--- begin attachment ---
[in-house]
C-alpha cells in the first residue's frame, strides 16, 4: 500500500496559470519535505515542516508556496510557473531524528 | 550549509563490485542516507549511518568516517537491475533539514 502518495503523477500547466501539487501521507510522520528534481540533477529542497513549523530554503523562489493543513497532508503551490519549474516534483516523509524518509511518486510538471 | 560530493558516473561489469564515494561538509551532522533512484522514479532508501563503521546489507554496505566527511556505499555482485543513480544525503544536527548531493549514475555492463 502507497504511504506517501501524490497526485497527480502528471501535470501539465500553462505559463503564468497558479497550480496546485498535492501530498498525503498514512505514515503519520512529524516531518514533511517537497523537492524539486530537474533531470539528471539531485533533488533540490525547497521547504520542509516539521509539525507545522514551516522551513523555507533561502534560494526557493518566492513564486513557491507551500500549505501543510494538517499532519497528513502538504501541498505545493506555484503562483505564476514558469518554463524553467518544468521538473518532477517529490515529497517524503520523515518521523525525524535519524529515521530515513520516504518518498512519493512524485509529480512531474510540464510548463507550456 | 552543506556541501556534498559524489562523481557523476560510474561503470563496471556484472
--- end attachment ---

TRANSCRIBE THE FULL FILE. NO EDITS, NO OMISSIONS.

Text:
[in-house]
C-alpha cells in the first residue's frame, strides 16, 4: 500500500496559470519535505515542516508556496510557473531524528 | 550549509563490485542516507549511518568516517537491475533539514 502518495503523477500547466501539487501521507510522520528534481540533477529542497513549523530554503523562489493543513497532508503551490519549474516534483516523509524518509511518486510538471 | 560530493558516473561489469564515494561538509551532522533512484522514479532508501563503521546489507554496505566527511556505499555482485543513480544525503544536527548531493549514475555492463 502507497504511504506517501501524490497526485497527480502528471501535470501539465500553462505559463503564468497558479497550480496546485498535492501530498498525503498514512505514515503519520512529524516531518514533511517537497523537492524539486530537474533531470539528471539531485533533488533540490525547497521547504520542509516539521509539525507545522514551516522551513523555507533561502534560494526557493518566492513564486513557491507551500500549505501543510494538517499532519497528513502538504501541498505545493506555484503562483505564476514558469518554463524553467518544468521538473518532477517529490515529497517524503520523515518521523525525524535519524529515521530515513520516504518518498512519493512524485509529480512531474510540464510548463507550456 | 552543506556541501556534498559524489562523481557523476560510474561503470563496471556484472